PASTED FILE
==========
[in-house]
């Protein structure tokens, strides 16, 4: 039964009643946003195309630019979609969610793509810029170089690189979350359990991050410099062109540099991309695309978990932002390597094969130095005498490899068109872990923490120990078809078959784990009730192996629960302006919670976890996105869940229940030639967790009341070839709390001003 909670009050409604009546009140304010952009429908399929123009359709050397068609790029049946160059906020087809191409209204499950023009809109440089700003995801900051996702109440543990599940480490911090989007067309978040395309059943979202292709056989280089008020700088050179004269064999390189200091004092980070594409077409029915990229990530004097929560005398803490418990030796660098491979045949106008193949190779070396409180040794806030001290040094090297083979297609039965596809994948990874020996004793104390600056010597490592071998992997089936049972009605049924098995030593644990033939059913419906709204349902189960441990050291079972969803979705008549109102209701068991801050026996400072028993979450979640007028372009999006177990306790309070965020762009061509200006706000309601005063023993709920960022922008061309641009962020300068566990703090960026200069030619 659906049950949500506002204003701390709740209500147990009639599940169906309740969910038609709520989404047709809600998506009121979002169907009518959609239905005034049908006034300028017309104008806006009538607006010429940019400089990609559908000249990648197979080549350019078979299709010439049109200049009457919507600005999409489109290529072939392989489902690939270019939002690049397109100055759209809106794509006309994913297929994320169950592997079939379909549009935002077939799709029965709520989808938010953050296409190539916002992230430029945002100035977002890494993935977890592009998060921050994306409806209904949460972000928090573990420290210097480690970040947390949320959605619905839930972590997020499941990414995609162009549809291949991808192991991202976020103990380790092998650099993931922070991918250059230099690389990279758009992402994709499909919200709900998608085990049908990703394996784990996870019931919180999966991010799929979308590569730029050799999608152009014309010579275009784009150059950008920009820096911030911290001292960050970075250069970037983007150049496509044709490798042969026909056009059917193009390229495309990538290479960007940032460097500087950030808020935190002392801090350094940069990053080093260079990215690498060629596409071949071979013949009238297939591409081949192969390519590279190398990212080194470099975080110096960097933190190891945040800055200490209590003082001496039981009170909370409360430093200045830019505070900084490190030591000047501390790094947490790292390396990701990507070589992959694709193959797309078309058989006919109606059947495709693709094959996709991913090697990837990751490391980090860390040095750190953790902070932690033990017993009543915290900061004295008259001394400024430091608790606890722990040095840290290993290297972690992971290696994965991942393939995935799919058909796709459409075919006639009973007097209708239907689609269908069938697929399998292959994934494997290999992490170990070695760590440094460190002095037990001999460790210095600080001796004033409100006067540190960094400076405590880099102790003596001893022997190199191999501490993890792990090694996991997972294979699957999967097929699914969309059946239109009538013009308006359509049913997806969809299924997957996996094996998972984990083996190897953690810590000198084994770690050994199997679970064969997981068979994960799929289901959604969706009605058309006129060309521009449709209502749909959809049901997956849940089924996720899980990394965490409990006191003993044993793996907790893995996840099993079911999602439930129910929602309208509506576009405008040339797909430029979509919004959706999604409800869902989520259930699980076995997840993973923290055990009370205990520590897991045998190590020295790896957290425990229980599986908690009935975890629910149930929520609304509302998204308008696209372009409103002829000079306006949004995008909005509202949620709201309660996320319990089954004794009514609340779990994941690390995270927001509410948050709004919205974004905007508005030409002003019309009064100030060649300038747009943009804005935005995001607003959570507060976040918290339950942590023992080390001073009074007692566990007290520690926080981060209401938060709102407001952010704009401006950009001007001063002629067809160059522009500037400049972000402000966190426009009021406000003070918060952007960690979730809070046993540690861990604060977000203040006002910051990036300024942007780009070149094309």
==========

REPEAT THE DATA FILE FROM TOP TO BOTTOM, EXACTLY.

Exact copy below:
[in-house]
């Protein structure tokens, strides 16, 4: 039964009643946003195309630019979609969610793509810029170089690189979350359990991050410099062109540099991309695309978990932002390597094969130095005498490899068109872990923490120990078809078959784990009730192996629960302006919670976890996105869940229940030639967790009341070839709390001003 909670009050409604009546009140304010952009429908399929123009359709050397068609790029049946160059906020087809191409209204499950023009809109440089700003995801900051996702109440543990599940480490911090989007067309978040395309059943979202292709056989280089008020700088050179004269064999390189200091004092980070594409077409029915990229990530004097929560005398803490418990030796660098491979045949106008193949190779070396409180040794806030001290040094090297083979297609039965596809994948990874020996004793104390600056010597490592071998992997089936049972009605049924098995030593644990033939059913419906709204349902189960441990050291079972969803979705008549109102209701068991801050026996400072028993979450979640007028372009999006177990306790309070965020762009061509200006706000309601005063023993709920960022922008061309641009962020300068566990703090960026200069030619 659906049950949500506002204003701390709740209500147990009639599940169906309740969910038609709520989404047709809600998506009121979002169907009518959609239905005034049908006034300028017309104008806006009538607006010429940019400089990609559908000249990648197979080549350019078979299709010439049109200049009457919507600005999409489109290529072939392989489902690939270019939002690049397109100055759209809106794509006309994913297929994320169950592997079939379909549009935002077939799709029965709520989808938010953050296409190539916002992230430029945002100035977002890494993935977890592009998060921050994306409806209904949460972000928090573990420290210097480690970040947390949320959605619905839930972590997020499941990414995609162009549809291949991808192991991202976020103990380790092998650099993931922070991918250059230099690389990279758009992402994709499909919200709900998608085990049908990703394996784990996870019931919180999966991010799929979308590569730029050799999608152009014309010579275009784009150059950008920009820096911030911290001292960050970075250069970037983007150049496509044709490798042969026909056009059917193009390229495309990538290479960007940032460097500087950030808020935190002392801090350094940069990053080093260079990215690498060629596409071949071979013949009238297939591409081949192969390519590279190398990212080194470099975080110096960097933190190891945040800055200490209590003082001496039981009170909370409360430093200045830019505070900084490190030591000047501390790094947490790292390396990701990507070589992959694709193959797309078309058989006919109606059947495709693709094959996709991913090697990837990751490391980090860390040095750190953790902070932690033990017993009543915290900061004295008259001394400024430091608790606890722990040095840290290993290297972690992971290696994965991942393939995935799919058909796709459409075919006639009973007097209708239907689609269908069938697929399998292959994934494997290999992490170990070695760590440094460190002095037990001999460790210095600080001796004033409100006067540190960094400076405590880099102790003596001893022997190199191999501490993890792990090694996991997972294979699957999967097929699914969309059946239109009538013009308006359509049913997806969809299924997957996996094996998972984990083996190897953690810590000198084994770690050994199997679970064969997981068979994960799929289901959604969706009605058309006129060309521009449709209502749909959809049901997956849940089924996720899980990394965490409990006191003993044993793996907790893995996840099993079911999602439930129910929602309208509506576009405008040339797909430029979509919004959706999604409800869902989520259930699980076995997840993973923290055990009370205990520590897991045998190590020295790896957290425990229980599986908690009935975890629910149930929520609304509302998204308008696209372009409103002829000079306006949004995008909005509202949620709201309660996320319990089954004794009514609340779990994941690390995270927001509410948050709004919205974004905007508005030409002003019309009064100030060649300038747009943009804005935005995001607003959570507060976040918290339950942590023992080390001073009074007692566990007290520690926080981060209401938060709102407001952010704009401006950009001007001063002629067809160059522009500037400049972000402000966190426009009021406000003070918060952007960690979730809070046993540690861990604060977000203040006002910051990036300024942007780009070149094309």